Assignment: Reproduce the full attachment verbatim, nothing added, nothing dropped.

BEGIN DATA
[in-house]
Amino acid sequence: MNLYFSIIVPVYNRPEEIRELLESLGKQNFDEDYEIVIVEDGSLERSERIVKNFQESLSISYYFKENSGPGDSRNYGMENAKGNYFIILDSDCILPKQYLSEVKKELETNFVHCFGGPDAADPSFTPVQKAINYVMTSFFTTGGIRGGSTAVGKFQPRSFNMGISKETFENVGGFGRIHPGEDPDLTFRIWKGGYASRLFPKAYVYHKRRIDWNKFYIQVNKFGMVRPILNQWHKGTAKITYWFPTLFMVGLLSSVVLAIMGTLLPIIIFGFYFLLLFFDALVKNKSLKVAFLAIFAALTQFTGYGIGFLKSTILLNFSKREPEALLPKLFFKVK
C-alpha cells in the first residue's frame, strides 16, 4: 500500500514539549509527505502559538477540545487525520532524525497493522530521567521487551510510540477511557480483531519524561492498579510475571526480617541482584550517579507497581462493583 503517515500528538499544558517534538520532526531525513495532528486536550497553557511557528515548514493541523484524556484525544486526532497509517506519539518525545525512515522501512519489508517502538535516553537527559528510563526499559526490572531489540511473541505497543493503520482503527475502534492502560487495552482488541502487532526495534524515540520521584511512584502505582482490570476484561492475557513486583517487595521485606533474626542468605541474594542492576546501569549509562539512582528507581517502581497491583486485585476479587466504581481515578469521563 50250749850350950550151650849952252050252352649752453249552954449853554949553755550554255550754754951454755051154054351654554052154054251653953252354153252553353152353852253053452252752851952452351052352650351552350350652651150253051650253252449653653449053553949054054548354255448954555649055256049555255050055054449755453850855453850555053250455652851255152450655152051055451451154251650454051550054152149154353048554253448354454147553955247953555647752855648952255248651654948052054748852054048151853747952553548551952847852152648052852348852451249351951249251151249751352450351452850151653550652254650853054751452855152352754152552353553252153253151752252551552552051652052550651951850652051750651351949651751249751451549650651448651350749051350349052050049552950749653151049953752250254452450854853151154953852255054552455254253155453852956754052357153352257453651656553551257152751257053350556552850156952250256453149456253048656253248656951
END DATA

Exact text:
[in-house]
Amino acid sequence: MNLYFSIIVPVYNRPEEIRELLESLGKQNFDEDYEIVIVEDGSLERSERIVKNFQESLSISYYFKENSGPGDSRNYGMENAKGNYFIILDSDCILPKQYLSEVKKELETNFVHCFGGPDAADPSFTPVQKAINYVMTSFFTTGGIRGGSTAVGKFQPRSFNMGISKETFENVGGFGRIHPGEDPDLTFRIWKGGYASRLFPKAYVYHKRRIDWNKFYIQVNKFGMVRPILNQWHKGTAKITYWFPTLFMVGLLSSVVLAIMGTLLPIIIFGFYFLLLFFDALVKNKSLKVAFLAIFAALTQFTGYGIGFLKSTILLNFSKREPEALLPKLFFKVK
C-alpha cells in the first residue's frame, strides 16, 4: 500500500514539549509527505502559538477540545487525520532524525497493522530521567521487551510510540477511557480483531519524561492498579510475571526480617541482584550517579507497581462493583 503517515500528538499544558517534538520532526531525513495532528486536550497553557511557528515548514493541523484524556484525544486526532497509517506519539518525545525512515522501512519489508517502538535516553537527559528510563526499559526490572531489540511473541505497543493503520482503527475502534492502560487495552482488541502487532526495534524515540520521584511512584502505582482490570476484561492475557513486583517487595521485606533474626542468605541474594542492576546501569549509562539512582528507581517502581497491583486485585476479587466504581481515578469521563 50250749850350950550151650849952252050252352649752453249552954449853554949553755550554255550754754951454755051154054351654554052154054251653953252354153252553353152353852253053452252752851952452351052352650351552350350652651150253051650253252449653653449053553949054054548354255448954555649055256049555255050055054449755453850855453850555053250455652851255152450655152051055451451154251650454051550054152149154353048554253448354454147553955247953555647752855648952255248651654948052054748852054048151853747952553548551952847852152648052852348852451249351951249251151249751352450351452850151653550652254650853054751452855152352754152552353553252153253151752252551552552051652052550651951850652051750651351949651751249751451549650651448651350749051350349052050049552950749653151049953752250254452450854853151154953852255054552455254253155453852956754052357153352257453651656553551257152751257053350556552850156952250256453149456253048656253248656951